Milwaukee Bucks forward John Henson said he was racially profiled at a jewelry store in Whitefish Bay, Wis., today. Henson claimed the employees locked the doors when he arrived, and may have called the police on him.
Henson took a photo of the front of Schwanke-Kasten Jewelers on Instagram and added his account of the incident in the caption. He also said the police asked him where he got his car, which was from a sponsorship with a local dealership:
Went to @schwankekasten jewelry today in White-Fish Bay during regular business hours . They locked the door and told me to go away . After I rang the doorbell twice everyone went to the back. No answered the door or told me what was going on. This was followed by two police cars pulling up and parking across the street and watching me for 5 minutes ( I assumed they were called by the store ) . I was then approached by 2 officers and questioned about the dealer vehicle I was in which is apart of my endorsement deal with Kunes country Chevrolet and asked me what I wanted amongst other things that were just irrelevant to me being there just trying to shop at the store like a normal paying customer would do . I told them I was just trying to look at a watch. He then had to go in the back and tell them to come out it was safe but this is after they ran my plates and I overheard them talking about doing more of a background check on the car. The employees finally came out of the back and proceeded to conduct business like they previously were as we walked up . This was one of the the most degrading and racially prejudice things I’ve ever experienced in life and wouldn’t wish this on anyone . This store needs to be called out and that’s what I’m doing . You have no right to profile someone because of their race and nationality and this incident needs to be brought to light and I urge anyone who ever is thinking of shopping here reads this and doesn’t bring any business to this discriminatory place .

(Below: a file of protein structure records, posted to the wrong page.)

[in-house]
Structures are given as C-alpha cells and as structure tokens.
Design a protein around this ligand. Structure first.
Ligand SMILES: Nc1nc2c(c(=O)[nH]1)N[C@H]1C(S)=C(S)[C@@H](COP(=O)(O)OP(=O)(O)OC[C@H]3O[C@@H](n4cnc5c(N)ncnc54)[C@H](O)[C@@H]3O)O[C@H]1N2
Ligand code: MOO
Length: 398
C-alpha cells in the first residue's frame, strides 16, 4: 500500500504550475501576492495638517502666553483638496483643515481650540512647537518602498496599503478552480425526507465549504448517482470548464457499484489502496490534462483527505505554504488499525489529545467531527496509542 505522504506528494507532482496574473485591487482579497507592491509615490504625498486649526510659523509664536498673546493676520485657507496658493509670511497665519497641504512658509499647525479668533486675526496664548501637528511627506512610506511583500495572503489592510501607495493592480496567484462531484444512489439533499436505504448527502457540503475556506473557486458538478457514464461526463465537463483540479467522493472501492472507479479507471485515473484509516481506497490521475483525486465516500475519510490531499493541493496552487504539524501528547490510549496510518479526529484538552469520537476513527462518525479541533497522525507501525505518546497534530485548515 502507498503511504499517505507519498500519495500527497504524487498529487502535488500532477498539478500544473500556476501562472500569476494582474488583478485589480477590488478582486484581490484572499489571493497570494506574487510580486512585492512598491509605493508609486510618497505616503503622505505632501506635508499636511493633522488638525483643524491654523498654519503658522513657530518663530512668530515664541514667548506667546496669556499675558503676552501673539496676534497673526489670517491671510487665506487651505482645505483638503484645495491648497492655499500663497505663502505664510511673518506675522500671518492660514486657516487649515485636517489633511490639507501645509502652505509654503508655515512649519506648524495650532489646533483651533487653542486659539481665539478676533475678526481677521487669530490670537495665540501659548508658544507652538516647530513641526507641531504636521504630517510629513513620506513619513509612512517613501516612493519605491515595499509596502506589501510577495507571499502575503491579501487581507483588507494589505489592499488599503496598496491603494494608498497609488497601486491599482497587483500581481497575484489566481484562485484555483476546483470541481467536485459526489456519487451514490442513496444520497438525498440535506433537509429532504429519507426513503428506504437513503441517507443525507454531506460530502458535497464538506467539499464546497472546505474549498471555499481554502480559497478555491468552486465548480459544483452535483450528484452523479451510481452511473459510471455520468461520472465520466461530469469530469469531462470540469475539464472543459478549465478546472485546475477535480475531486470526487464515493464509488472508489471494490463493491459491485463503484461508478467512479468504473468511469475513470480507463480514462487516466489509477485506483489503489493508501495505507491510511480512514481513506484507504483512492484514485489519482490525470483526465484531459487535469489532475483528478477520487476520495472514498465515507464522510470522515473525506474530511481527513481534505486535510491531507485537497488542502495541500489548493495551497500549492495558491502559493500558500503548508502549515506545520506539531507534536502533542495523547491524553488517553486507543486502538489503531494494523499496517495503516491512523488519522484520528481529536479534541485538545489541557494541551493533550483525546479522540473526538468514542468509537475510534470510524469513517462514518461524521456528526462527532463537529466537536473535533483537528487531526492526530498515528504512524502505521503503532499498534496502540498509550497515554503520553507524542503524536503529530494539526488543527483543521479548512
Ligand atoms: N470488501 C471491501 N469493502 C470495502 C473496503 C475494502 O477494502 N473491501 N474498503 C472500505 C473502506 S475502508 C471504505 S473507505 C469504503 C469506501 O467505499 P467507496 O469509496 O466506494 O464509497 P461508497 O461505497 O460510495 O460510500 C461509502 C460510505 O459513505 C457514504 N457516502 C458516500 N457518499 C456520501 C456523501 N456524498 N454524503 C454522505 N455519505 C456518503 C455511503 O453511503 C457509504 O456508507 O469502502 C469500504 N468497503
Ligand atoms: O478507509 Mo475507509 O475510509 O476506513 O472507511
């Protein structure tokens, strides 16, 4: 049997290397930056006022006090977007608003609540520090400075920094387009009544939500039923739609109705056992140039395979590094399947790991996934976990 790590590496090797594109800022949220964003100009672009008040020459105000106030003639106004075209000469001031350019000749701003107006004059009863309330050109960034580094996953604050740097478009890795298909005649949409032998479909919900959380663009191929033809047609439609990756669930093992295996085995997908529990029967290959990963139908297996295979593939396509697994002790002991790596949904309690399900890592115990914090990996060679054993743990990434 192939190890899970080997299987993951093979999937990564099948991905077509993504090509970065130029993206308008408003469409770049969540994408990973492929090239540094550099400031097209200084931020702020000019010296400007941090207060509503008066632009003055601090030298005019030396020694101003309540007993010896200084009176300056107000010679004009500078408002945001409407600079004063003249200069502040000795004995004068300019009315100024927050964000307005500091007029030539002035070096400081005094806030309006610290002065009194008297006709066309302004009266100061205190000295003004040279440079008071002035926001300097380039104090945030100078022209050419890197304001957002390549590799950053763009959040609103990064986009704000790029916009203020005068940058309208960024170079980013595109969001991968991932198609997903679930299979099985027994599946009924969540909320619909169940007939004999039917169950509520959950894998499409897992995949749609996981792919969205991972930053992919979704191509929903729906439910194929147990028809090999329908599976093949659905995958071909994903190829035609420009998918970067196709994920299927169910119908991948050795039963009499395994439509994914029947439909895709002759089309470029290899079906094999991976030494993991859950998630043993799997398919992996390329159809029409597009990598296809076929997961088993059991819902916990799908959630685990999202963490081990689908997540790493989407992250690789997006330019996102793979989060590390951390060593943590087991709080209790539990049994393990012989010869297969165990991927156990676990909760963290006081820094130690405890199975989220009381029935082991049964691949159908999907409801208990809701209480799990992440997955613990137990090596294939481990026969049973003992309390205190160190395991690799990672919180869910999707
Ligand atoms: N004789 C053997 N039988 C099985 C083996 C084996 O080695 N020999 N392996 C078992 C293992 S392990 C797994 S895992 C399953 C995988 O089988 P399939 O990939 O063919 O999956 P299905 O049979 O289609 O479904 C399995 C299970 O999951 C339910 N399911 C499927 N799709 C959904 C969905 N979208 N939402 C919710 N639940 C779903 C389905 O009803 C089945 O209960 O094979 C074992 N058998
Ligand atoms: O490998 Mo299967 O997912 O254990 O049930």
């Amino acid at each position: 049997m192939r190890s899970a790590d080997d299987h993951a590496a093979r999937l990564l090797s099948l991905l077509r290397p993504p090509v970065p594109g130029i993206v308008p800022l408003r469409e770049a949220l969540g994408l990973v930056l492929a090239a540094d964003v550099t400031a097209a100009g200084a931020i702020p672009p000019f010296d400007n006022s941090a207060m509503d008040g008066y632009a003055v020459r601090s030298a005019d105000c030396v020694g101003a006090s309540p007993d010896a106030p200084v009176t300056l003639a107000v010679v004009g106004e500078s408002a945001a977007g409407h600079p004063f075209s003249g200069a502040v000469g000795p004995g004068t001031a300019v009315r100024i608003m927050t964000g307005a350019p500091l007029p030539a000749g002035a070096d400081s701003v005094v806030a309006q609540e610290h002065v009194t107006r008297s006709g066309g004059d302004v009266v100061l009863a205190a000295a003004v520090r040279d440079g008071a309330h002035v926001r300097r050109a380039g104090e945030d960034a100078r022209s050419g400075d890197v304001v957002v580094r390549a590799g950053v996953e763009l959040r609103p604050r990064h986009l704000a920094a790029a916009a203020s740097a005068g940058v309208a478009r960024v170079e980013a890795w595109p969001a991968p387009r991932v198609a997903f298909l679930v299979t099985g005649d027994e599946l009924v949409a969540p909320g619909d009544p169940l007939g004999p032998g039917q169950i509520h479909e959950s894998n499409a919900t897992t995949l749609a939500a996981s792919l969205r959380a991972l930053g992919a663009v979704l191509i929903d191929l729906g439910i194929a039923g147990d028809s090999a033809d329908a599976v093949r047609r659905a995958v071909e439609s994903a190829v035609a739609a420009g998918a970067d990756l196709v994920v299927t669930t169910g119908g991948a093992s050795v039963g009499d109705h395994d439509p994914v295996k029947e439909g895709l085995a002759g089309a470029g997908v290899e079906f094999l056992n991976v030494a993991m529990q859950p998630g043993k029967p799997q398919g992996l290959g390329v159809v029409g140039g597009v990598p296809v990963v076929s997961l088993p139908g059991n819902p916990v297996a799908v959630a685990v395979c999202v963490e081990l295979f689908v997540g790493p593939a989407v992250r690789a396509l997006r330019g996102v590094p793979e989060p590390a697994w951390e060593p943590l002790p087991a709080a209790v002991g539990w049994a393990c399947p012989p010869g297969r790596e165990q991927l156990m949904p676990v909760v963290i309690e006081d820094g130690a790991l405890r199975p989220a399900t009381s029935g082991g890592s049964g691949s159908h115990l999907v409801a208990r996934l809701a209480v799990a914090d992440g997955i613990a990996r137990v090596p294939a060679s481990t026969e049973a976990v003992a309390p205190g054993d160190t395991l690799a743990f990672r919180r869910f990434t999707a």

Update (6:14 p.m.): WISN 12 talked to Thomas Dixon, the owner of the jewelry store. He said the incident with Henson was a misunderstanding because of Henson’s car:
Dixon said the store has had three armed robberies in 18 months, and one of the suspect vehicles involved is from the same dealership as Henson’s vehicle. Dixon said when employees saw the vehicle with dealer plates, they became suspicious based on the previous robberies.
Dixon said the misunderstanding is over the vehicle involved, and was not due to racial profiling.
Update (9:45 p.m.): The Whitefish Bay Police Department has released a lengthy statement on the incident. It gives background on previous suspicious activity at Schwanke-Kasten Jewlers, as well as past incidents of theft at Schwanke-Kasten stores in Wisconsin.
Most pertinently, last week the Whitefish Bay store received two calls they believed to be suspicious, asking when the store closed. The store normally closes at 5:30, but on Friday a store employee decided to close at 5:00 as a precaution because of the calls. An employee reported the calls to police, and at 4:58 p.m. police observed a newer red Chevy Tahoe park in front of the store. Four males got out and talked to an employee through the locked door, before eventually leaving. The police traced the license plate back to a Wisconsin dealership, but were not able to ascertain who the car actually belonged to.
And here is what police say happened today:
On Monday, 10/19/15 at 1:20 pm, Whitefish Bay officers were dispatched to Schwanke-Kasten Jewelers as the Red Tahoe had returned. Officers met up in front of 5500 N. Berkeley which is around the corner from Schwanke-Kasten.. [sic] They observed two men in front of the store. The officer ran the license plate and it came back to a Ford dealership and came back as “No Vehicle Attached” and was not listed as stolen.
The two Whitefish Bay officers approached the two men in front of Schwanke-Kasten Jewelers and asked what was going on. A man, later identified as John Henson, informed the officer that he was there to buy his first Rolex, but every time he tries the door, it’s locked and they don’t let him in. One of the officers asks him about the dealer plates on the Tahoe. He advises the officer that he plays for the Milwaukee Bucks and that Bucks players get vehicles from this dealership. Neither officer asked Mr. Henson or his companion for driver licenses or any other identification.
The officer called dispatch to request that a Schwanke-Kasten employee come to the front door. The employee told the dispatcher to have the officer come to the back door. After my officer informed the Schwanke-Kasten Jewelers employee that it was a Milwaukee Buck, the employee came to the front door and let them in. The employee requested that an officer stand by as they looked at the Rolexes, our officers refused and left the store. The officers then left the area.
At no time did Whitefish Bay Police make any notice to merchants on Silver Spring because of these incidents.
You can read the full police statement below.
H/t to Jordan
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